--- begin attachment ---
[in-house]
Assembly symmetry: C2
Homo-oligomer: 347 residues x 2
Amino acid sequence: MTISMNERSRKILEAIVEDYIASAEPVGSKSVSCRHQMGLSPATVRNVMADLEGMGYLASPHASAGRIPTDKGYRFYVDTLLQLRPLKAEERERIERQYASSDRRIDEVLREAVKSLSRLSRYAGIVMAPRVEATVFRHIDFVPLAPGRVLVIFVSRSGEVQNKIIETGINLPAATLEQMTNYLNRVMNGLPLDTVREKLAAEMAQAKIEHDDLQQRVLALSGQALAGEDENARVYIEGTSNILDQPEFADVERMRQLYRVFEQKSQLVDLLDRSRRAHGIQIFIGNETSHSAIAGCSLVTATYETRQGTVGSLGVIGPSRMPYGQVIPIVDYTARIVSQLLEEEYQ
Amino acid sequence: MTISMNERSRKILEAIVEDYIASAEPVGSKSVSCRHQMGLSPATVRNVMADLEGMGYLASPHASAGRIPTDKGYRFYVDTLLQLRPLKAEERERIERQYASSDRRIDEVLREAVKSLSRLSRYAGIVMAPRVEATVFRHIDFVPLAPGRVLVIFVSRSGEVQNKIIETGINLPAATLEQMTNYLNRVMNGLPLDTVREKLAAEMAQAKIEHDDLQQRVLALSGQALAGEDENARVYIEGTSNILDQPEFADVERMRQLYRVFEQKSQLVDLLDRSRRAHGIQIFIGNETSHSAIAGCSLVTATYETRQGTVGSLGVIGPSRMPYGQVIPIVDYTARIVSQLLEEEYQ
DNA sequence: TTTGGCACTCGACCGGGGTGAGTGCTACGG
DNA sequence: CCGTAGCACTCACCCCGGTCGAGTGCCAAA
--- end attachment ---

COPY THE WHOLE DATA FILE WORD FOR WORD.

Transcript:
[in-house]
Assembly symmetry: C2
Homo-oligomer: 347 residues x 2
Amino acid sequence: MTISMNERSRKILEAIVEDYIASAEPVGSKSVSCRHQMGLSPATVRNVMADLEGMGYLASPHASAGRIPTDKGYRFYVDTLLQLRPLKAEERERIERQYASSDRRIDEVLREAVKSLSRLSRYAGIVMAPRVEATVFRHIDFVPLAPGRVLVIFVSRSGEVQNKIIETGINLPAATLEQMTNYLNRVMNGLPLDTVREKLAAEMAQAKIEHDDLQQRVLALSGQALAGEDENARVYIEGTSNILDQPEFADVERMRQLYRVFEQKSQLVDLLDRSRRAHGIQIFIGNETSHSAIAGCSLVTATYETRQGTVGSLGVIGPSRMPYGQVIPIVDYTARIVSQLLEEEYQ
Amino acid sequence: MTISMNERSRKILEAIVEDYIASAEPVGSKSVSCRHQMGLSPATVRNVMADLEGMGYLASPHASAGRIPTDKGYRFYVDTLLQLRPLKAEERERIERQYASSDRRIDEVLREAVKSLSRLSRYAGIVMAPRVEATVFRHIDFVPLAPGRVLVIFVSRSGEVQNKIIETGINLPAATLEQMTNYLNRVMNGLPLDTVREKLAAEMAQAKIEHDDLQQRVLALSGQALAGEDENARVYIEGTSNILDQPEFADVERMRQLYRVFEQKSQLVDLLDRSRRAHGIQIFIGNETSHSAIAGCSLVTATYETRQGTVGSLGVIGPSRMPYGQVIPIVDYTARIVSQLLEEEYQ
DNA sequence: TTTGGCACTCGACCGGGGTGAGTGCTACGG
DNA sequence: CCGTAGCACTCACCCCGGTCGAGTGCCAAA